Degeneracy for different energy states in Infinite cubic wellby Chelsea S Tags: cubic, degeneracy, energy, infinite, states 

#1
Dec212, 07:26 AM

P: 12

Alright, I'm back with yet another question...
So the prof was explaining that the energy in an infinite cubical well is E((h^{2}∏^{2})/2ma^{2}))(nx^{2}+ny^{2}+nz^{2}) Which is all well and good, and he gave us the example of: ψ1,2,1 = E = 6((h^{2}∏^{2})/2ma^{2})) And with little explanation mixed it up once switching one of the 1's with the 2. After some searching through my book I found out that this is the first energy level or E_{1}, and has 3fold degeneracy. Simply enough, E_{2} is ψ1,2,2 with 3 fold degeneracy also.. But after looking online, I find that E_{3} is not ψ2,2,2. How do you derive/find out what to use for the quantum numbers? As I found out, ψ2,2,2 is E_{4}. Is there a pattern? Or a formula? Any help is appreciated. 



#2
Dec212, 08:10 AM

Mentor
P: 10,791

Just sort by increasing energy:
111 (energy 3*const) 112 (energy 6*const) 122 (energy 9*const) 113 (energy 11*const) 222 (energy 12*const) 



#3
Dec212, 08:24 AM

Mentor
P: 15,571

E3 has quantum numbers 1,1,3, for a total energy of 1+1+9 = 11.
E4 has quantum numbers 2,2,2 for a total energy of 4+4+4 = 12. There is no pattern, but there is a formula  the very first one you wrote down. Plug in all the n's and then rank them by energies.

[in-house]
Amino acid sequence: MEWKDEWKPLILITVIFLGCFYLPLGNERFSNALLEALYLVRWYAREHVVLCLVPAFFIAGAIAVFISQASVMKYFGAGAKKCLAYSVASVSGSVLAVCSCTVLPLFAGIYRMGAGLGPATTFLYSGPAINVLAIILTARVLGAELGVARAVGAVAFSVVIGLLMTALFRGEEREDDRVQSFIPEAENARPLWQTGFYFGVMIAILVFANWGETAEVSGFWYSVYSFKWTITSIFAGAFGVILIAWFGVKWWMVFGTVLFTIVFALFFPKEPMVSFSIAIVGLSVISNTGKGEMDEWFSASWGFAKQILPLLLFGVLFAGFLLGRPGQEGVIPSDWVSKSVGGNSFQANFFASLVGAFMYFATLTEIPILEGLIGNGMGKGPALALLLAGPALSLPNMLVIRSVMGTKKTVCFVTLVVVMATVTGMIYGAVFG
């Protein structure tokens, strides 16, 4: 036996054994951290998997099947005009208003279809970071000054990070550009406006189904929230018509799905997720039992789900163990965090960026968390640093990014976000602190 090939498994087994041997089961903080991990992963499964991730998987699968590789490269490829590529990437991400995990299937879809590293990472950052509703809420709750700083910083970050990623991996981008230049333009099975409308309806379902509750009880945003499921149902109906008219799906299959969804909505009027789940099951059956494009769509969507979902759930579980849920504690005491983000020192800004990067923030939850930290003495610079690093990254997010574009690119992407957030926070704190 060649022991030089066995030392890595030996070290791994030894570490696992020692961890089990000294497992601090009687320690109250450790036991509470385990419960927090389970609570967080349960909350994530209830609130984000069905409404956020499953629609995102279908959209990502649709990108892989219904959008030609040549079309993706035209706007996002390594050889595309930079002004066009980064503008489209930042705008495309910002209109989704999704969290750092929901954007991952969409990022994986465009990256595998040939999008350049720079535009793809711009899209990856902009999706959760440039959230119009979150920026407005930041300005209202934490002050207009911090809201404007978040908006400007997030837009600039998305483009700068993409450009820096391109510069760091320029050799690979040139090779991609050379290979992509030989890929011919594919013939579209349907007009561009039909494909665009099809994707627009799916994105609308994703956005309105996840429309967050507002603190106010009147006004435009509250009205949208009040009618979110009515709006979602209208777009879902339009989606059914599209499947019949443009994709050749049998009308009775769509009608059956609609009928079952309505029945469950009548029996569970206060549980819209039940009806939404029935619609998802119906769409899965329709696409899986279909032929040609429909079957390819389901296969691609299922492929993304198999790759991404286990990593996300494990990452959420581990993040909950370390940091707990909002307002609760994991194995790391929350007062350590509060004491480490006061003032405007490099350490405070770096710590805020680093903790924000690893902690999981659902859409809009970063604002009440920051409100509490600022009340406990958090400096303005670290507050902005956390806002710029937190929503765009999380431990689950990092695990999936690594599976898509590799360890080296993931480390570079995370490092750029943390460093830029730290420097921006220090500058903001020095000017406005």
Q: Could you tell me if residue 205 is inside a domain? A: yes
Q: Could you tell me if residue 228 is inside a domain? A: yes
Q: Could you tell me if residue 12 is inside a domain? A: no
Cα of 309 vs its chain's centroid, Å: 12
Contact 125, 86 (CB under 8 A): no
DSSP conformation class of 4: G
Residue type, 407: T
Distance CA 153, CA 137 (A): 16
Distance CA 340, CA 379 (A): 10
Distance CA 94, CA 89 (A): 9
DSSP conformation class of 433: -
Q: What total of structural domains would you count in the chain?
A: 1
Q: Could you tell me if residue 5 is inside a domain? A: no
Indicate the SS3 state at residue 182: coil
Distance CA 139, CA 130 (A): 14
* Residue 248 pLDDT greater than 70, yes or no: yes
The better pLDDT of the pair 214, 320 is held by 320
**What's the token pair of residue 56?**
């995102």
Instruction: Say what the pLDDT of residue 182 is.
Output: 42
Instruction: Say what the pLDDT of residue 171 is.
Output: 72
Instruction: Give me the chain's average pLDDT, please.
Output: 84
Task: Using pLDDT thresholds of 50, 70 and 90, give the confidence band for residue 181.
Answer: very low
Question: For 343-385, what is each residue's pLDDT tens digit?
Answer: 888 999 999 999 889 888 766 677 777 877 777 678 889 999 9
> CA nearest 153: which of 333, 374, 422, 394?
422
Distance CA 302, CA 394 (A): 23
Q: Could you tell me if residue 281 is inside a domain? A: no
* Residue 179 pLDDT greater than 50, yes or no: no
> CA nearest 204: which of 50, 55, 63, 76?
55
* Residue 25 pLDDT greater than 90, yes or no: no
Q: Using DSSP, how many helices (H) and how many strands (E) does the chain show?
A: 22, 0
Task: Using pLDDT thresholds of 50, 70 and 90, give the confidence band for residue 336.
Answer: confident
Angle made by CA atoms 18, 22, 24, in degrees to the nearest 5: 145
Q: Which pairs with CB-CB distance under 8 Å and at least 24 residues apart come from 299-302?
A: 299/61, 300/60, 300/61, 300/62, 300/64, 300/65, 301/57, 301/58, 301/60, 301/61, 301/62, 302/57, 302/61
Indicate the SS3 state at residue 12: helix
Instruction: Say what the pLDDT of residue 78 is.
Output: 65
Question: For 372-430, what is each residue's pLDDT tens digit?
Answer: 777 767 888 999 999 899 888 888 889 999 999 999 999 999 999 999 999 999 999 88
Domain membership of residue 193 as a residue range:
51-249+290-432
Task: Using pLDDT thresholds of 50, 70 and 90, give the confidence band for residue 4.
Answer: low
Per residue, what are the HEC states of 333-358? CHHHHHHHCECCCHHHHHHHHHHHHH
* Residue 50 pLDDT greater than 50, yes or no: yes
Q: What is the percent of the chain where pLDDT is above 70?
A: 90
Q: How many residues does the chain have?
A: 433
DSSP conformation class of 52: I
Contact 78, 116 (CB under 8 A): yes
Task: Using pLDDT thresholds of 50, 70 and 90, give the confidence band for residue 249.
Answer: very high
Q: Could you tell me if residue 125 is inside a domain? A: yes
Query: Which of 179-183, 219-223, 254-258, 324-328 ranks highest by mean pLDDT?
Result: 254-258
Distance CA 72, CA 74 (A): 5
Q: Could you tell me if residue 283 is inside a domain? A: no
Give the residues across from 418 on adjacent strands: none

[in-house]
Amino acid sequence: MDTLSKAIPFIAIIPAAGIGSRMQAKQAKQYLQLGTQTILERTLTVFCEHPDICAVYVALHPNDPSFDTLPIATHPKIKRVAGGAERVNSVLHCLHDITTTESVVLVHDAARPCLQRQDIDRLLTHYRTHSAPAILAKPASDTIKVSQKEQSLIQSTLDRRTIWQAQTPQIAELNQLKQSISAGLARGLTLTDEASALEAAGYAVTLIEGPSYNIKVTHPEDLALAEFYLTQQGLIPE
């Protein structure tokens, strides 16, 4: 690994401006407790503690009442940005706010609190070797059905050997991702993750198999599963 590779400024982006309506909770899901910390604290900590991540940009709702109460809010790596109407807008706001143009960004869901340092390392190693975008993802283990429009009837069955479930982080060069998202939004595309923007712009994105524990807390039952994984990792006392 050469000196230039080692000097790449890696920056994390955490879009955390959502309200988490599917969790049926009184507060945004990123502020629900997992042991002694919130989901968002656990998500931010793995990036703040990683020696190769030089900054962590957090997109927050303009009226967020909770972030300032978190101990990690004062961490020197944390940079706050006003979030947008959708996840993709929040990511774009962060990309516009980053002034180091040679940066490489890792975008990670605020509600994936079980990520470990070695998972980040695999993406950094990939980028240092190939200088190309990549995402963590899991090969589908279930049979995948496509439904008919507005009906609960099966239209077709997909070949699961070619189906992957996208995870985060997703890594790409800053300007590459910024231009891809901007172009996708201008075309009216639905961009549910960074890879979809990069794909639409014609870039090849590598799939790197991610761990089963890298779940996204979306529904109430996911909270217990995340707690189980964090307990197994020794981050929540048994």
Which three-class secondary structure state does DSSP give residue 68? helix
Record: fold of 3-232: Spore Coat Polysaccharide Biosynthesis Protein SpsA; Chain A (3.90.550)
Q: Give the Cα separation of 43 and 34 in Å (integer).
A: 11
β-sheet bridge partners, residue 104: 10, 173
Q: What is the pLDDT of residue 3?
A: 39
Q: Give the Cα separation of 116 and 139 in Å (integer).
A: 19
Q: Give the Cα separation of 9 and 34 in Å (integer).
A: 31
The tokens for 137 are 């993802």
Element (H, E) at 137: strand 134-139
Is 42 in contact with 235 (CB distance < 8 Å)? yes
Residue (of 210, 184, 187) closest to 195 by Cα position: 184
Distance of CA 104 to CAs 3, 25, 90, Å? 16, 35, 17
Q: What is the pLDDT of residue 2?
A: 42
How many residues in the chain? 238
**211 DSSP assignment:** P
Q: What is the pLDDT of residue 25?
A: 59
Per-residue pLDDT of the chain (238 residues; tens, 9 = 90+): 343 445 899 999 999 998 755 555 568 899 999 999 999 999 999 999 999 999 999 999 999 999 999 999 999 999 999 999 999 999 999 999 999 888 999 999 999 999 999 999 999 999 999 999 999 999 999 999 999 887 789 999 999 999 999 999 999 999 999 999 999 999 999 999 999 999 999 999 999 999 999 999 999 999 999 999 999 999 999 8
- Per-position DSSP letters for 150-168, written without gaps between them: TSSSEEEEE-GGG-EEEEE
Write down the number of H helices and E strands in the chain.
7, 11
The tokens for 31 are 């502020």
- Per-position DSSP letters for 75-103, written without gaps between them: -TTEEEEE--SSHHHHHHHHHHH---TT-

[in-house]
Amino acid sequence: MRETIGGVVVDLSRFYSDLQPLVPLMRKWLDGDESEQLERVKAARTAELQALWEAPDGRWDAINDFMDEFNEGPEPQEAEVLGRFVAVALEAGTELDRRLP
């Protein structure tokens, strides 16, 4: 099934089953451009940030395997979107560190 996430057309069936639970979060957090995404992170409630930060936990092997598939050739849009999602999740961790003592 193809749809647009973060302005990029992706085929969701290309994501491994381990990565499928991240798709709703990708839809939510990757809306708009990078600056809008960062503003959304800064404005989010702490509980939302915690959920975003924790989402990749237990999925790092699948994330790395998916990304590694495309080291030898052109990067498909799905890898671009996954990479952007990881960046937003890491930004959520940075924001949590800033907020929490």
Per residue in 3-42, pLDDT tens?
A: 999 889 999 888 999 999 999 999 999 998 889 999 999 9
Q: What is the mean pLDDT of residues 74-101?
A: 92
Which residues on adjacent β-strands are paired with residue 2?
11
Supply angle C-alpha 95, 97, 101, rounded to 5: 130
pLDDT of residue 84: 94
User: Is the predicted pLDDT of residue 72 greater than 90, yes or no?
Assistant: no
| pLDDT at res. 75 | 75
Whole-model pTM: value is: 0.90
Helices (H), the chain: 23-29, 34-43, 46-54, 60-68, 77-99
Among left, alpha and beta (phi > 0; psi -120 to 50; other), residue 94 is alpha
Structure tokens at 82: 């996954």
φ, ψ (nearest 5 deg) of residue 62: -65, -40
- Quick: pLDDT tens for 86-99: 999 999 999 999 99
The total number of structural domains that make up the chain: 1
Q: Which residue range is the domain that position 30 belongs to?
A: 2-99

#4
Dec212, 11:06 PM

P: 12

Degeneracy for different energy states in Infinite cubic well
Oh. Wow I was making that way too difficult. I.. don't even know why I didn't think of it that way. Geeze.
Well thanks for clarifying! hehe. I guess I should stop studying Q.M at 4 in the morning. 



#5
Dec312, 12:00 AM

Sci Advisor
P: 5,307

The interesting question is whether one can find two energies with
m_{x}² + m_{y}² + m_{z}² = n_{x}² + n_{y}² + n_{z}² with different ordered triples (m_{x}, m_{y}, m_{z}) and (n_{x}, n_{y}, n_{z}) 



#6
Dec312, 12:29 AM

P: 12

I think you should be able to...
that's exactly is what degeneracy is, right? Finding similar energy states for different wave functions. So I think it would still count as degeneracy even though your values for m and n (in your example) are different. Like: (3,3,3) = 27... and (5,1,1) would also be 27. I suppose it would work ... but hey just when you think you know something about QM, you don't. ;) 



#7
Dec312, 12:32 AM

Sci Advisor
P: 5,307

The intersting thing is that for different ordered triples the wave functions are not related by a symmetry transformation; for (1,1,2), (1,2,1) and (2,1,1) it's permutation symmetry, but for (3,3,3) and (5,1,1) there is no (no obvious ?) symmetry. One may find a hint when looking from geometrical aspects; the equation reads
n_{x}² + n_{y}² + n_{z}² = Z² which means that one tries to find integral lattice points with identical radius Z 



#8
Dec312, 12:46 AM

P: 12

So, beyond that it has not permutation symmetry (which, yes that is odd), does it make E14 special? Is there something particular about that energy state that makes it have those particular triples?




#9
Dec312, 12:48 AM

Sci Advisor
P: 5,307

Mathematically it means that there are two inequivalent ways to write Z² as a sum of three squares; physically I don't see anything special




#10
Dec312, 12:56 AM

P: 12

Oh, alight. On the inside I'm a little sad. I was half expecting the physical meaning to be something odd and hard to grasp; like figuring out how many times you'd have to throw a baseball at a wall before it tunneled through, just something odd.



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